That's the question Ian Buruma asks in this piece in The Sunday Times (via Arts & Letters Daily):
One of the most vexing things for artists and intellectuals who live under the compulsion to applaud dictators is the spectacle of colleagues from more open societies applauding of their own free will. It adds a peculiarly nasty insult to injury.
Buruma runs through some well-known examples of tyrants who have felt such love, including Stalin, Mao, Pol Pot, and Castro ("Last year a number of journalists, writers and showbiz figures, including Harold Pinter, Nadine Gordimer, Harry Belafonte and Tariq Ali, signed a letter claiming that in Cuba 'there has not been a single case of disappearance, torture or extra-judicial execution since 1959…'"). And now, Venezuela's Hugo Chavez ("not yet a Castro, let alone a Pol Pot"), despite his restricting speech, quashing dissent, and more.
What motivates this longstanding dynamic?
The common element of radical Third Worldism is an obsession with American power, as though the US were so intrinsically evil that any enemy of the US must be our friend…
Criticism of American policies and economic practices are necessary and often just, but why do leftists continue to discredit their critical stance by applauding strongmen who oppress and murder their own critics? Is it simply a reverse application of that famous American cold war dictum: "He may be a bastard, but he's our bastard"? Or is it the fatal attraction to power often felt by writers and artists who feel marginal and impotent in capitalist democracies? …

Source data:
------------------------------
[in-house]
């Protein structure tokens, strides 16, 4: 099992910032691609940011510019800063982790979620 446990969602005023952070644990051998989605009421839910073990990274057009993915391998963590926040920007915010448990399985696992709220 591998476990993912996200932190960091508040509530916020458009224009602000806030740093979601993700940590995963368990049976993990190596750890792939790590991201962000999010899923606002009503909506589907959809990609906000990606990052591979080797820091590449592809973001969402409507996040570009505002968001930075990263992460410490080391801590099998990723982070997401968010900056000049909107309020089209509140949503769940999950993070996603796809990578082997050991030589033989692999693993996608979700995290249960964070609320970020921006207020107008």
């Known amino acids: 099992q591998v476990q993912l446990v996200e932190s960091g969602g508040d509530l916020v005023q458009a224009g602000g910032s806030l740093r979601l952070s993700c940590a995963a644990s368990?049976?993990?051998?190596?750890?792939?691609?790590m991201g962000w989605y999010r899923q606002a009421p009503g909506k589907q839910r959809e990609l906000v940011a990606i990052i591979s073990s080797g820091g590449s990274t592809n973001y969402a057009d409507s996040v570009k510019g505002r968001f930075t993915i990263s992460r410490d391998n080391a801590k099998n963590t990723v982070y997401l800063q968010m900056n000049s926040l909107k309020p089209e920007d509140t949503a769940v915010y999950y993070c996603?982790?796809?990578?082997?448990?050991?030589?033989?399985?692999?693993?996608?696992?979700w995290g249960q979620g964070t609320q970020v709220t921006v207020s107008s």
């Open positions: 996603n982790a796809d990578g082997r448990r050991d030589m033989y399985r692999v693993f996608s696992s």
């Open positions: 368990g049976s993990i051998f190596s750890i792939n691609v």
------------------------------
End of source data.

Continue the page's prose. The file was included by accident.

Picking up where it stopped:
When democracy is endangered, the left should be equally hard on rulers who oppose the US. Failure to do so encourages authoritarianism everywhere, including in the West itself, where the frivolous behaviour of a dogmatic left has already allowed neoconservatives to steal all the best lines.
"Thank you, my foolish friends in the West" here.